The Painted Skulls of Hallstatt
In the town of Hallstatt there is an Ossuary called Beinhaus, or Bone House. Places of second burial were not uncommon in the Eastern Alps, but Hallstatt is special: It contains the most remarkable collections of painted skulls, anywhere.
The Beinhaus is located in the basement of the Church of Saint Michael, which stands high above the town since the 12th century. When you have little space for burials, Ossaries are the way to go.
The Hallstatt collection is unique in its kind, and it’s also a treasure trove for anthropologists who study heritability of cranial traits. What makes the skull collection an an ideal resource for genetic studies is that all the skulls are accompanied by fairly complete records of births, deaths and marriages that dates back to the 17th century.
The Bone House is a place of repose for some 700 painted skulls. Another 500 or so undecorated skulls occupy the corners, and underneath the shelves, neatly stacked like logs of firewood, are the large bones. Nearly all of the decorated skulls bear a Maltese Cross on their forehead, as well as a name and the year of their birth or death.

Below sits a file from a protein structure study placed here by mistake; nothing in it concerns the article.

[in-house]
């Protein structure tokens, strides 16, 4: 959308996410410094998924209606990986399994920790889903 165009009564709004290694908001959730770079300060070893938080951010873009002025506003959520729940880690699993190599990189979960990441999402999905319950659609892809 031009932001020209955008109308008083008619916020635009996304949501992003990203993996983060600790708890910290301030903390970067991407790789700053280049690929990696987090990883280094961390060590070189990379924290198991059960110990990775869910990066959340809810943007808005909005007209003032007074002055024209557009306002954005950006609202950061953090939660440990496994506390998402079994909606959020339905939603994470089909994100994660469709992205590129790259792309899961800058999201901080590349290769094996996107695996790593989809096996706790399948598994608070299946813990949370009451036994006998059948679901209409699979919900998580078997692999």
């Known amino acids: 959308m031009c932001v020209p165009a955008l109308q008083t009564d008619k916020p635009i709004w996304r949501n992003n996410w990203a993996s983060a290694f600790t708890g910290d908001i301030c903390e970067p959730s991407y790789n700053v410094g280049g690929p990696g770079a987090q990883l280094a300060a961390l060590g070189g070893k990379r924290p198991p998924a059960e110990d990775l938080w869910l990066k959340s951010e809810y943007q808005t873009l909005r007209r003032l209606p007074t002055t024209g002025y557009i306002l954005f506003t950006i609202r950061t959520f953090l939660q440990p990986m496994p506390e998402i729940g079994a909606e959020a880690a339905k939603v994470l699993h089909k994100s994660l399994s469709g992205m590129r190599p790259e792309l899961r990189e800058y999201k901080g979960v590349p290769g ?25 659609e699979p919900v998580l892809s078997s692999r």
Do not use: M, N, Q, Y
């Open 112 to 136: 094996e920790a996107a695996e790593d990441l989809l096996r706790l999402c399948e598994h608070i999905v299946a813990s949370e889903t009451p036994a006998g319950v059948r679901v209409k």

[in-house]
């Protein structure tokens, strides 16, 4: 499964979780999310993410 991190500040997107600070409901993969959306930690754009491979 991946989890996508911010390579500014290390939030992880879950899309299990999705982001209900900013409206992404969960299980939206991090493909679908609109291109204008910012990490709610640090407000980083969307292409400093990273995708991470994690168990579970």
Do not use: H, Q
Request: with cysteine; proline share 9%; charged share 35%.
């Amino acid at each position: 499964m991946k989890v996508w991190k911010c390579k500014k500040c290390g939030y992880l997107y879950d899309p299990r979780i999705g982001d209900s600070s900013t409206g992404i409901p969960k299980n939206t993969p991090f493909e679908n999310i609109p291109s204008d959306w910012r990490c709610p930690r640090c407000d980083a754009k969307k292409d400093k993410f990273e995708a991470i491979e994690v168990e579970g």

However, what really distinguishes these skulls is the rest of the decorations that were applied to them. Decorating the skulls was traditionally the job of the grave digger, who would paint garlands of flowers and roses for girls and wreaths of oak or ivy for men at the request of the family.
The skulls represent the entire communities through the ages.They are grouped by family, many of which still live in Hallstatt, and although the town is home to both Catholics and Protestants, member from both religions now they sit side by side in the Ossuary.
All images are CC and courtesy of Flickr Commons.
Original article first published in Visual Squirrels: http://www.visualsquirrels.net/science/history/the-painted-skulls-of-hallstatt/